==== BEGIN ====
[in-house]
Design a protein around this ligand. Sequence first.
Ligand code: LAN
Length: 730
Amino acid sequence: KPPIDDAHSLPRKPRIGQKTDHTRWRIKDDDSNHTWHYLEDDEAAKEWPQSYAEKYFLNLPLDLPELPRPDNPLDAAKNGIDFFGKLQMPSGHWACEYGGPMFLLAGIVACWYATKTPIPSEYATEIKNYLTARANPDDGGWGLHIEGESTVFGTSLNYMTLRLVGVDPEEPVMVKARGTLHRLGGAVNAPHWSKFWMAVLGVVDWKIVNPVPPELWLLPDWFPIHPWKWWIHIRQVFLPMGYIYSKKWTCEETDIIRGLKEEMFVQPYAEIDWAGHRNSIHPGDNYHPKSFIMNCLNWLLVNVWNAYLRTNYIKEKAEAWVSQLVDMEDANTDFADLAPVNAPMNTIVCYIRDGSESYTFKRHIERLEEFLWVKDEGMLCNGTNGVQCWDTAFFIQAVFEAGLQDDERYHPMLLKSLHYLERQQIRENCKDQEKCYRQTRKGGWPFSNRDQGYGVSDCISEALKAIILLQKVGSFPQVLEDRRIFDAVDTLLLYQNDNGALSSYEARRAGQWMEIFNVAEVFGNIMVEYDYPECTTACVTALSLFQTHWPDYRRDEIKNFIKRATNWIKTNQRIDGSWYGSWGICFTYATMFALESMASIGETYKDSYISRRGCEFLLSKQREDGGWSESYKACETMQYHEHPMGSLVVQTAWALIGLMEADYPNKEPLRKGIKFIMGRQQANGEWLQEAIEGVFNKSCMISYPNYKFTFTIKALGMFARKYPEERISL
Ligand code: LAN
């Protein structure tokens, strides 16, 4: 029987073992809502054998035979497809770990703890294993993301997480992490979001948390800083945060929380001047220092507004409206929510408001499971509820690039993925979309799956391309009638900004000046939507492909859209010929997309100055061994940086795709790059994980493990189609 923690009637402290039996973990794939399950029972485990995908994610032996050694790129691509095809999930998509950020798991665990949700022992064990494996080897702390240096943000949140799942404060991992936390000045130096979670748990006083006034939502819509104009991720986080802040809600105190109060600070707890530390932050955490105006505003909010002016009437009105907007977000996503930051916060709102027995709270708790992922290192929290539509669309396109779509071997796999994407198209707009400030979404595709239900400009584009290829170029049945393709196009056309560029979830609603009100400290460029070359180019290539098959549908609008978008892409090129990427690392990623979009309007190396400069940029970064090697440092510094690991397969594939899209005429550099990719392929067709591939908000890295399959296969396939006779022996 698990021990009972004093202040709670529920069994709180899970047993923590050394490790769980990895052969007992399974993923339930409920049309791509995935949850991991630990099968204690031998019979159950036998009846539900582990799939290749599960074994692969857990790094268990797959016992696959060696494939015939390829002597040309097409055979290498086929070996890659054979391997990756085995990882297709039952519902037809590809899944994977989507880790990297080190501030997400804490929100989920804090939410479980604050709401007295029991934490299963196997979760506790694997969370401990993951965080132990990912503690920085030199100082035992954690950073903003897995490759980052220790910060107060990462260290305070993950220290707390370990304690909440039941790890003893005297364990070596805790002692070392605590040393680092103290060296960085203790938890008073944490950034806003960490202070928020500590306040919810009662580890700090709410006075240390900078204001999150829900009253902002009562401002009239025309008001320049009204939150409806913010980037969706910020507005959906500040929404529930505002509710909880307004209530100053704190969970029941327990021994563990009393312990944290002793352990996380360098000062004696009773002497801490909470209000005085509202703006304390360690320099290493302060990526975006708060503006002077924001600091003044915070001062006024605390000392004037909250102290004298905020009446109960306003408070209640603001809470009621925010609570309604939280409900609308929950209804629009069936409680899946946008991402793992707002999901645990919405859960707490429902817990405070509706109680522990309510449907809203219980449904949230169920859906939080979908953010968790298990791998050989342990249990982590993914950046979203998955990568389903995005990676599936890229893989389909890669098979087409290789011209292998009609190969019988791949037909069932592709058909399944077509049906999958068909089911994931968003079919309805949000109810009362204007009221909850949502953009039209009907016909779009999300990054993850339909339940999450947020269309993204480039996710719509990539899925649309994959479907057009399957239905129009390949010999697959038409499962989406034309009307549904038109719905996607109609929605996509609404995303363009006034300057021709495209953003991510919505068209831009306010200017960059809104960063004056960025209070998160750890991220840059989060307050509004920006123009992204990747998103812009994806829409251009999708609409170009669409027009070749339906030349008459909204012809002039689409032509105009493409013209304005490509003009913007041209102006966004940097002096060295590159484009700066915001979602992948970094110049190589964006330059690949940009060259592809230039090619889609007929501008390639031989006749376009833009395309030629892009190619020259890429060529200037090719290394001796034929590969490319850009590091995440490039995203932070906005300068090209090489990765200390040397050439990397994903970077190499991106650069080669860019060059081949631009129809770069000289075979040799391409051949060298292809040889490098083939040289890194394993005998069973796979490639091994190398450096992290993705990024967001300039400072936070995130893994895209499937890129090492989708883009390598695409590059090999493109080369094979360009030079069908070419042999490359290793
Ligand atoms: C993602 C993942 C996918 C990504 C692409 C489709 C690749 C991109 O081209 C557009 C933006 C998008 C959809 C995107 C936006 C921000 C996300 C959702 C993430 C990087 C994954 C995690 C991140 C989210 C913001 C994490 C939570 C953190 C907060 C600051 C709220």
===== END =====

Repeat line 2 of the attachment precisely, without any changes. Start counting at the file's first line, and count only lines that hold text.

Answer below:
Design a protein around this ligand. Sequence first.